Bruce J. Berger

Bruce J. Berger is an MFA candidate and writing instructor at American University and has studied there with poets Kyle Dargan and David Keplinger and with fiction writers Stephanie Grant and Dolen Perkins-Valdez. Bruce’s poetry has appeared in Hevria, Innisfree Poetry Journal, Potomac Journal, Jewish Literary Journal, and elsewhere, and he has published some twenty-odd short stories, not to mention the work he self-publishes on Amazon for e-readers. And, since January 20, 2017, he has written a series of scathing and amusing letters of advice and condemnation to the current White House occupant, published at his website, http://brucejberger.wordpress.com

 

Cain’s Lament

 

Adam and Eve

Will claim I was

Unprovoked.

 

I did smash that rock

Hard into my

Brother’s head.

 

Because Abel was preferred,

Not by God,

But by our evil parents.

 

They loved his red meat

Loved so much

Licking from their greedy hands

The still warm blood

 

Now God must

Protect me from Hell,

From my parents’ wrath.

 

 

The Funeral of My Father

 

We pushed the plain pine box designed to rot

as quickly as earth’s lot of water could

invade and seep around your senseless bones.

We moaned the wooden case into the hearse,

wanting no more than having it all end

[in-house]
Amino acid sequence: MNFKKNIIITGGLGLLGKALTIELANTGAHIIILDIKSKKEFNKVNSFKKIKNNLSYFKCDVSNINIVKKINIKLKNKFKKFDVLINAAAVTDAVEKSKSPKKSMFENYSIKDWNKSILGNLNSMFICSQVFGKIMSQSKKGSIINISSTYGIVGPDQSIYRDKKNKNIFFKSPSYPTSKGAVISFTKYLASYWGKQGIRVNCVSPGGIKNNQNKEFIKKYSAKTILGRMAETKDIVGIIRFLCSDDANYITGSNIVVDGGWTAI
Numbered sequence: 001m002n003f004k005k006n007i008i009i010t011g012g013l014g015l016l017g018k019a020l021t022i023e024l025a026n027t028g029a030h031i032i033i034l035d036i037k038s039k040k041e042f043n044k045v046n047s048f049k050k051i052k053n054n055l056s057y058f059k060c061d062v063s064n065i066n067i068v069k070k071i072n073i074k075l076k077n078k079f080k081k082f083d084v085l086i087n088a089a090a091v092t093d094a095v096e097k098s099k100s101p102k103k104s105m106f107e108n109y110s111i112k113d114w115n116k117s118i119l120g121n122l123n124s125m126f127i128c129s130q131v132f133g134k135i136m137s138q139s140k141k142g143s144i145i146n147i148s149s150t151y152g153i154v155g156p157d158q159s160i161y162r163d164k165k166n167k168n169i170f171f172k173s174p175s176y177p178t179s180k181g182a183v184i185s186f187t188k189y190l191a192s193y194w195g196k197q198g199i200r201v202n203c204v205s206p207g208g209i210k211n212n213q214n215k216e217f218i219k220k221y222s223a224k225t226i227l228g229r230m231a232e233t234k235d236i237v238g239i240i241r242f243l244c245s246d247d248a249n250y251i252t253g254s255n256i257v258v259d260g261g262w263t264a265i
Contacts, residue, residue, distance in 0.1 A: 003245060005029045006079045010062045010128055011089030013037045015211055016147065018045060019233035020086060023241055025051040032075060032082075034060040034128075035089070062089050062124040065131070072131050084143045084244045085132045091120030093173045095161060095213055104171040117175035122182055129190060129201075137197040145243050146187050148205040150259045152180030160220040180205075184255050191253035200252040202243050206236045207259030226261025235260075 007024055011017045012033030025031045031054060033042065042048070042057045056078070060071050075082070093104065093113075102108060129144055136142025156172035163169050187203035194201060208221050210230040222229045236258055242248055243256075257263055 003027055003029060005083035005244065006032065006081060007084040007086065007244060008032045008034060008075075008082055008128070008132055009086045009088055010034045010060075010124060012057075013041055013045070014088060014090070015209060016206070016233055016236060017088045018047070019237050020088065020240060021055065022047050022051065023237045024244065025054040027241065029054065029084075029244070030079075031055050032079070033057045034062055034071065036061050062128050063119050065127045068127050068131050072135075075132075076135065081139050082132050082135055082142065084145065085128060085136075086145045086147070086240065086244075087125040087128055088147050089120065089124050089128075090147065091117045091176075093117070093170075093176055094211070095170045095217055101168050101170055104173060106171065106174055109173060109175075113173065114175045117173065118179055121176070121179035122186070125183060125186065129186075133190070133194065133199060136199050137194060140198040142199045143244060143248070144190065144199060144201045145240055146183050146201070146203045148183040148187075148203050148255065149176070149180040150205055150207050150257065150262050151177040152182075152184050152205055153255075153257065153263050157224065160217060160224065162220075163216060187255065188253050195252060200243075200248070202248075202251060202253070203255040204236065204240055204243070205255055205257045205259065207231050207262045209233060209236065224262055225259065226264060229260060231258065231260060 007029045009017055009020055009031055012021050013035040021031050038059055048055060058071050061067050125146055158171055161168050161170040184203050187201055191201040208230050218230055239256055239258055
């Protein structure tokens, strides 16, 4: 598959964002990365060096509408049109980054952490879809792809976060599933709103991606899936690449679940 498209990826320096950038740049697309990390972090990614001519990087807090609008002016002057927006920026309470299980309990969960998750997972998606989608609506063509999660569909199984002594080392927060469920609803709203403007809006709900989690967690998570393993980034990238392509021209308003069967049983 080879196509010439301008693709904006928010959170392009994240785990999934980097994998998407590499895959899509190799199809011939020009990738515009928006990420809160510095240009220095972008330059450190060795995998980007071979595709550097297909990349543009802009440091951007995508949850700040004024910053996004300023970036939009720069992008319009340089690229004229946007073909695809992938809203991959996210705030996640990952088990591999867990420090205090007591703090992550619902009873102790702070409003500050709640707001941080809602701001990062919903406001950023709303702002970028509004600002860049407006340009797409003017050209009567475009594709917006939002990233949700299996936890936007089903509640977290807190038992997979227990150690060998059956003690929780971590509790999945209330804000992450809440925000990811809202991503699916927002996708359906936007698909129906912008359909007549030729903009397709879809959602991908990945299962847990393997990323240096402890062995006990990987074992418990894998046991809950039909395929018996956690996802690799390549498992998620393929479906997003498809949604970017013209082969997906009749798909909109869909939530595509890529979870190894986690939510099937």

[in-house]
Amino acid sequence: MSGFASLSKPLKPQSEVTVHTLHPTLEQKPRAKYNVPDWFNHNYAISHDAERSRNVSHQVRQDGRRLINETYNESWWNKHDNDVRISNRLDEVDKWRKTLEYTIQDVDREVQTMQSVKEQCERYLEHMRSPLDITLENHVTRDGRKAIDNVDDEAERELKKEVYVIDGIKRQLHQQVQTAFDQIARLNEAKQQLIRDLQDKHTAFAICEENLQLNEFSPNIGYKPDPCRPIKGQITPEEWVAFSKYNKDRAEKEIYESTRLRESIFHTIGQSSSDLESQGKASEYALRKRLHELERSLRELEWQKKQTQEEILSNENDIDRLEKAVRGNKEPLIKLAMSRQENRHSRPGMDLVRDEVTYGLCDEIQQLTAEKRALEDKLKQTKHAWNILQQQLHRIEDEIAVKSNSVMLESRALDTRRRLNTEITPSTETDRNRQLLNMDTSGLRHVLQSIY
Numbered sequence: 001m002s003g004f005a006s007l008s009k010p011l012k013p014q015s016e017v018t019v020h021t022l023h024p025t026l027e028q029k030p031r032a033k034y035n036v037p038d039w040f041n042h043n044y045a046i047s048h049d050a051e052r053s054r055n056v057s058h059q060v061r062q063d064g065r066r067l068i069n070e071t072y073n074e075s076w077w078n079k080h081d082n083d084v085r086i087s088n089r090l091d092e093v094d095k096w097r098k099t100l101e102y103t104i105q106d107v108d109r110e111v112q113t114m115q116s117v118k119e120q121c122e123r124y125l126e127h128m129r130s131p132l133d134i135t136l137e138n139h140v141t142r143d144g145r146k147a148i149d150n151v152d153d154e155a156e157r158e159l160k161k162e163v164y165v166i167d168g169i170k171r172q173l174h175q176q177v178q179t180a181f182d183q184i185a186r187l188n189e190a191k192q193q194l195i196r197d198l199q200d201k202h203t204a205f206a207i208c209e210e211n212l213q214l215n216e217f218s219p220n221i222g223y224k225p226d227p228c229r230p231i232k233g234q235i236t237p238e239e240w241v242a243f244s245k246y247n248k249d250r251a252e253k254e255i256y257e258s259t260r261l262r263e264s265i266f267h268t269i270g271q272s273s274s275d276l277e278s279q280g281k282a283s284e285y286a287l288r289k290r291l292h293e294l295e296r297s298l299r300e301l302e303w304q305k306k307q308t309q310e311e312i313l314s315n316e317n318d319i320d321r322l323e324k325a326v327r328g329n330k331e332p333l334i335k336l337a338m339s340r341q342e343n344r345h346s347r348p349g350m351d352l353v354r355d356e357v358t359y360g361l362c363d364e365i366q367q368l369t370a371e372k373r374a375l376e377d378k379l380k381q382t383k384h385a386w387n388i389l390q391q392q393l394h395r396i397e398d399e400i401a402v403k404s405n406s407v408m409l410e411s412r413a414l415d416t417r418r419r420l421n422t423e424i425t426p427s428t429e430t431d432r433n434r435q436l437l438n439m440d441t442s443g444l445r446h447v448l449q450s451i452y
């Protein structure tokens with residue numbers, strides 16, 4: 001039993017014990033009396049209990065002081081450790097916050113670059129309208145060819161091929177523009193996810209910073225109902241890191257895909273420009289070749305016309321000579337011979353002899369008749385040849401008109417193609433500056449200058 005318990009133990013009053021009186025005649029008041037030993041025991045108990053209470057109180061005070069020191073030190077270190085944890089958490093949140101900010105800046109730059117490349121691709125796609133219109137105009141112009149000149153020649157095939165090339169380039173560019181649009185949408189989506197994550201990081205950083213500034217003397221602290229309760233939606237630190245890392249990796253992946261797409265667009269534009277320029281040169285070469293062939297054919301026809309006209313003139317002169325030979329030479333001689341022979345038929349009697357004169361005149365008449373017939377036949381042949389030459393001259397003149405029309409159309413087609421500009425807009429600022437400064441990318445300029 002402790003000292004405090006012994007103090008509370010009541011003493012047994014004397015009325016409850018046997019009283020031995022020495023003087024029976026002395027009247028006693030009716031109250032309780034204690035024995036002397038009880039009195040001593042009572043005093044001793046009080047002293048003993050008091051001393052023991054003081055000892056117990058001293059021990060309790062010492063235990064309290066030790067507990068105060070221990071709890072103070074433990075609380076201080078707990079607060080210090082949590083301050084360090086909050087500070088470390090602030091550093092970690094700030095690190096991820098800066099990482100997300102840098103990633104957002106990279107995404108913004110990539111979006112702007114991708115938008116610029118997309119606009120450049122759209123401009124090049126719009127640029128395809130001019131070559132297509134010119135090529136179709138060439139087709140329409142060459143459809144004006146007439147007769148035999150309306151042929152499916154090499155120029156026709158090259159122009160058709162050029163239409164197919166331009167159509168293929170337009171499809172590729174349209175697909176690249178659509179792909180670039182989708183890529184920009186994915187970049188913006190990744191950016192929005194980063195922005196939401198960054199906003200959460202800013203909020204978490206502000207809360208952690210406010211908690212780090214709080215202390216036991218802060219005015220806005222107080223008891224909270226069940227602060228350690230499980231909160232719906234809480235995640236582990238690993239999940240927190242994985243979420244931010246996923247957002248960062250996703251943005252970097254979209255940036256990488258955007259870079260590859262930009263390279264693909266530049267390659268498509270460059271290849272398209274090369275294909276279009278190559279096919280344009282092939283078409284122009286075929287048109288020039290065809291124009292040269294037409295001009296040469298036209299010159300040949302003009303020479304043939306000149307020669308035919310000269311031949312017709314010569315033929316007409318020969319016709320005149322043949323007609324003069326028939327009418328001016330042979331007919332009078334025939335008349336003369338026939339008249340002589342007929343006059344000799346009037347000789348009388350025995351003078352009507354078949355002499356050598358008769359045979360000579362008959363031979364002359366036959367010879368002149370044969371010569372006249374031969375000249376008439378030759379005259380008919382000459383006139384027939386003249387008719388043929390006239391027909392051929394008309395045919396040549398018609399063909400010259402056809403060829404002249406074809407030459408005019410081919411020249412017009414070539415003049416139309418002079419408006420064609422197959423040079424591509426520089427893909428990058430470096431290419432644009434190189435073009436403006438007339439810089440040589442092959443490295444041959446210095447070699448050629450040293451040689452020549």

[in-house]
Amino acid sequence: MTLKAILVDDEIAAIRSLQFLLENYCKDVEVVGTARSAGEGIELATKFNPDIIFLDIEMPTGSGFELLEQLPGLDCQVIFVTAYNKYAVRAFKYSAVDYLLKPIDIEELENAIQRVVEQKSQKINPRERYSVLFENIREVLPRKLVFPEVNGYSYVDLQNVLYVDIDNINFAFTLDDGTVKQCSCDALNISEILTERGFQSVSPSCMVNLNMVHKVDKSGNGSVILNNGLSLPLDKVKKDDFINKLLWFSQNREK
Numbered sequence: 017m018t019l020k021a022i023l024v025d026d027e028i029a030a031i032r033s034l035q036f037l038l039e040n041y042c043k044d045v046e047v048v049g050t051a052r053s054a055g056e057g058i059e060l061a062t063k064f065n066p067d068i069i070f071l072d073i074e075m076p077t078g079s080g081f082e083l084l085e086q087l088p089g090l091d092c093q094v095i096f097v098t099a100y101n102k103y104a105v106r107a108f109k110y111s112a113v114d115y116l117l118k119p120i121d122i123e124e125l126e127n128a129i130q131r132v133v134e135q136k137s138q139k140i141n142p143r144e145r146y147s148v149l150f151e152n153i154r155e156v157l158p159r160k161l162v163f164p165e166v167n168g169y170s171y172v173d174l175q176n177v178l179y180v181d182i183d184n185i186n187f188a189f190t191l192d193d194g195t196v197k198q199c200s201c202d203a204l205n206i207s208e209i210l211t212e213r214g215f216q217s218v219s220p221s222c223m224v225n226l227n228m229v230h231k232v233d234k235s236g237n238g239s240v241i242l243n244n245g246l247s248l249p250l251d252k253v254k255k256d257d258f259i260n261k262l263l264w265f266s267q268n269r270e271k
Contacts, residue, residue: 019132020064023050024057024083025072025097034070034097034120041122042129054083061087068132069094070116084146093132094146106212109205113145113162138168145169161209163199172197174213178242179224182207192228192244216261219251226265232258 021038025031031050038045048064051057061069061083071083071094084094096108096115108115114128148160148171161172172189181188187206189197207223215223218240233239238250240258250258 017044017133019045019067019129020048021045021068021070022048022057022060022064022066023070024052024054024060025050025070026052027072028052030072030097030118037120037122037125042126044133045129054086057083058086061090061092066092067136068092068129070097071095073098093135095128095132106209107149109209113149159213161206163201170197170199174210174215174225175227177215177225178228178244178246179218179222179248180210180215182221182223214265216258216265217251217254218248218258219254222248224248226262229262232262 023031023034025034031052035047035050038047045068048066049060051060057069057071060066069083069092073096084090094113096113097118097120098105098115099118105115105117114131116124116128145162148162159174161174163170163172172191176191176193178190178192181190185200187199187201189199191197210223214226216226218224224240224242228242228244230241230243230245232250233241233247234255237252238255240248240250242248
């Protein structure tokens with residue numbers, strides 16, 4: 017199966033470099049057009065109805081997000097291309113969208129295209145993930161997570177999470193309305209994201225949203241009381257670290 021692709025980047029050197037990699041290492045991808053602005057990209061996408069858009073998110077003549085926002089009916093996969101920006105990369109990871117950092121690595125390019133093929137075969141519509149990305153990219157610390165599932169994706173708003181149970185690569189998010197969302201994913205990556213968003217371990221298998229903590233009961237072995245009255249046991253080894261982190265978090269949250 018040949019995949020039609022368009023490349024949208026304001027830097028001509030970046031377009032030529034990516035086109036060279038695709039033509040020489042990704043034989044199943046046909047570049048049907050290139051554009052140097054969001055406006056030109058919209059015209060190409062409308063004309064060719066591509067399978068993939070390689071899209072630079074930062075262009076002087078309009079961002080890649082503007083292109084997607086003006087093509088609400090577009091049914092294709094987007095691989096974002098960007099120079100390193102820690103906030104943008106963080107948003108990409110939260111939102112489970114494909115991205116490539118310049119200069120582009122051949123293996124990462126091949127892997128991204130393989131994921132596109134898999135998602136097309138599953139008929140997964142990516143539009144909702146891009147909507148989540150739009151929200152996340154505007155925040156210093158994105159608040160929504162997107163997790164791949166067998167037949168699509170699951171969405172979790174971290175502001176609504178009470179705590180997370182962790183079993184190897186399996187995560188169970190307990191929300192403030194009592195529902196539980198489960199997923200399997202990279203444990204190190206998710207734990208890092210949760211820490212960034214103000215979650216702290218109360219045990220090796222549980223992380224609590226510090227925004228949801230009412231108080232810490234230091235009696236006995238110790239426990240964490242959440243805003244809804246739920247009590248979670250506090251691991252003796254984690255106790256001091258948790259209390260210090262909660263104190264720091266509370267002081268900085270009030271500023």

as soon as not, in your last resting port,

obtained so long ago before your need.

The line of cars with headlights on was short.

 

Would there be ten, enough to say the prayer?

For kaddish would we have the complement?

In September there should have been a warmth,

but cold winds blew down from we knew not where.

A mound of dirt beside the open grave,

three shovels there, each son took one in hand

and moved back dark soil that had been disturbed,

each clod farewell, reversing of a bell.

 

Came upon us then God’s rain, the answer,

driving hard, pushing us away from what

quickly turned to mud, the grim job undone.

Our prayer forgotten, lost in the quest for

shelter, we relinquished our hope for sun,

and left the rest to those who would be paid.

A wage was all it meant to them, but still

I’m glad they closed the grave to do your will.

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